It was a perfect day for a funeral, if there is such a thing—gloomy, gray, and cold. With steady tears of rain, the heavens seemed to be mourning along with the funeral guests. Though Ella stood strong as the pastor droned on, she would never be consolable for the loss of her beloved grandmother, Rose Grey McKaye. Ella had known for a while this day was coming as her grandmother combatted bouts of cancer, a stroke, and dementia, but all of that was not enough to prepare her for the overwhelming loss she now felt.
Ella heard no voices of condolences from those who one by one took her hand in sympathy. She only heard the rain tapping on the shiny mahogany casket covered in a blanket of chrysanthemums and peonies in front of her. Occasionally she would nod her head to the speaking sympathizer but she never took her eyes off of the coffin. Instead, she watched as a drop of water hung to the tip of a fern frond, gathering more volume until it could no longer hold on and dropped down the curved lid of the casket, and then meandered down the side stopping only for a moment by one of the carrying handles. It continued down to mingle with other drops at the base of the aluminum stand. It lingered and swelled until it could no longer resist the relentless tug of gravity and it fell to the fake green grass carpet laid out to disguise the recently excavated mound of dirt from the grave into which her grandmother would soon be lowered.
The long line of umbrella-toting guests passed before her then scattered among the graveyard to their warm, dry cars to go on with their lives. How odd, Ella thought, that time doesn’t stop for a moment to acknowledge the passing of one so loved. She felt sure that she hadn’t taken a breath since she had received the call two days before, notifying her that her grandmother had died. How would she ever survive life without her grandmother?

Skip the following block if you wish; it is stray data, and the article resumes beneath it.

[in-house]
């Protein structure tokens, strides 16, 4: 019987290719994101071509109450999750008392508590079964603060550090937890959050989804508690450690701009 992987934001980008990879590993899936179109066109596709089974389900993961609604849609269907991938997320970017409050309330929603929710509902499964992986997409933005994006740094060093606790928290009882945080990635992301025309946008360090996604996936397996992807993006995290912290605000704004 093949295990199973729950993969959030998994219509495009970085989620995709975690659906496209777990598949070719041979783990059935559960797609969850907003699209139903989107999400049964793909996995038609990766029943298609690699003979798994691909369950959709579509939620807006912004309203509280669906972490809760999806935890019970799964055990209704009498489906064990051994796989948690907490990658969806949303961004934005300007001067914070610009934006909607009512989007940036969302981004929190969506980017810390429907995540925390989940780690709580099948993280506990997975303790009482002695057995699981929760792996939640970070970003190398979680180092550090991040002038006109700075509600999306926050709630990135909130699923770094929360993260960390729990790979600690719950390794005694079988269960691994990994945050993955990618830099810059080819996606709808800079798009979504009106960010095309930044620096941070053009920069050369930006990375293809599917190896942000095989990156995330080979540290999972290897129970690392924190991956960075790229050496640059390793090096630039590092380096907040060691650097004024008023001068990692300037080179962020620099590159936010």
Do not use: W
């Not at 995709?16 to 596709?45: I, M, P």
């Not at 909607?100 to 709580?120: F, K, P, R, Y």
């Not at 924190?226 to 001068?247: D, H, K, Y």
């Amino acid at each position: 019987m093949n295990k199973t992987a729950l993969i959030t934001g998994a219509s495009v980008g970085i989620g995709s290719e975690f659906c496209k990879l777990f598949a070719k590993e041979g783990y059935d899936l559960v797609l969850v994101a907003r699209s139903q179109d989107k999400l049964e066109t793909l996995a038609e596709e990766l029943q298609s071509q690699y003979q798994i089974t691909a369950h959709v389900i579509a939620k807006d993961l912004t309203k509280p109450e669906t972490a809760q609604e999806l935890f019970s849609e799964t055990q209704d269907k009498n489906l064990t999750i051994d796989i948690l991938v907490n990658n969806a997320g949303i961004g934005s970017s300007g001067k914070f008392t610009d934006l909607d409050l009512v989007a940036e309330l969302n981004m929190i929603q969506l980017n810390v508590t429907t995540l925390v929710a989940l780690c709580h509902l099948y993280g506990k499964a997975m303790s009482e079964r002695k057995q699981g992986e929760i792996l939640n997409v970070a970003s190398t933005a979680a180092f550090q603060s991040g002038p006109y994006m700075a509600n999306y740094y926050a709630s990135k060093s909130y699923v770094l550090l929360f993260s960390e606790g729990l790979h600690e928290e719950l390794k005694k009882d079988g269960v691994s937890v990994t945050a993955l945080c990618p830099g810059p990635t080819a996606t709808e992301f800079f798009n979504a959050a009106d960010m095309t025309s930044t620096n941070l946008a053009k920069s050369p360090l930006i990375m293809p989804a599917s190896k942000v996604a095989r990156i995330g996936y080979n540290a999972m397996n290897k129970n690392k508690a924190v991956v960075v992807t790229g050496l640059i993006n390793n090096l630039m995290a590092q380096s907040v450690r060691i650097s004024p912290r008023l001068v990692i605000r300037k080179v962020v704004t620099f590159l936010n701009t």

Ella’s childhood had been hard and she’d grown up fast and insecure in herself. The only happy memories she’d had as a child were in those blessed, short-lived visits to Grandma Rose’s house where Ella knew without a doubt she was welcome, safe, and loved.
Ella’s mother had not been a bad person, but Ella had learned at an early age that she was an anchor to her mother’s freedom. Patricia had been widowed when Ella was a toddler. She had no family of her own to speak of, and found herself a single mother with no job and no real skills. First the parade of men came, none of which ever seemed to measure up to her late husband, and then came the drugs which made the unhappy, lonely woman lost and unstable. Needless to say, this brought about a rather turbulent life for Ella’s early years.
A warm hand touched Ella from behind, guiding her away from the men now lowering the casket into its new home. They cleared away the fake grass carpet, revealing the reality and finality of what was happening. Goodbye Grandma Rose, Ella said without speaking. I love you so...and the car door shut on Ella’s words and pulled away from the curb as its wipers slapped the sides of the windshield with a squeaky but constant beat.
About the Author:
T. Lynne Tolles is a lifelong avid reader of all things paranormal and now is a writer of young adult paranormal romances for readers 15 to 115. She grew up in the sunny California San Francisco bay area. She's the mother of two, wife to one and pet mom to three cats and Newfie dog.
Blood of a Werewolf is the first of five books in a series called, the Blood Series. Other titles include Somber Island and Mirror of Shadows - both unrelated to the series.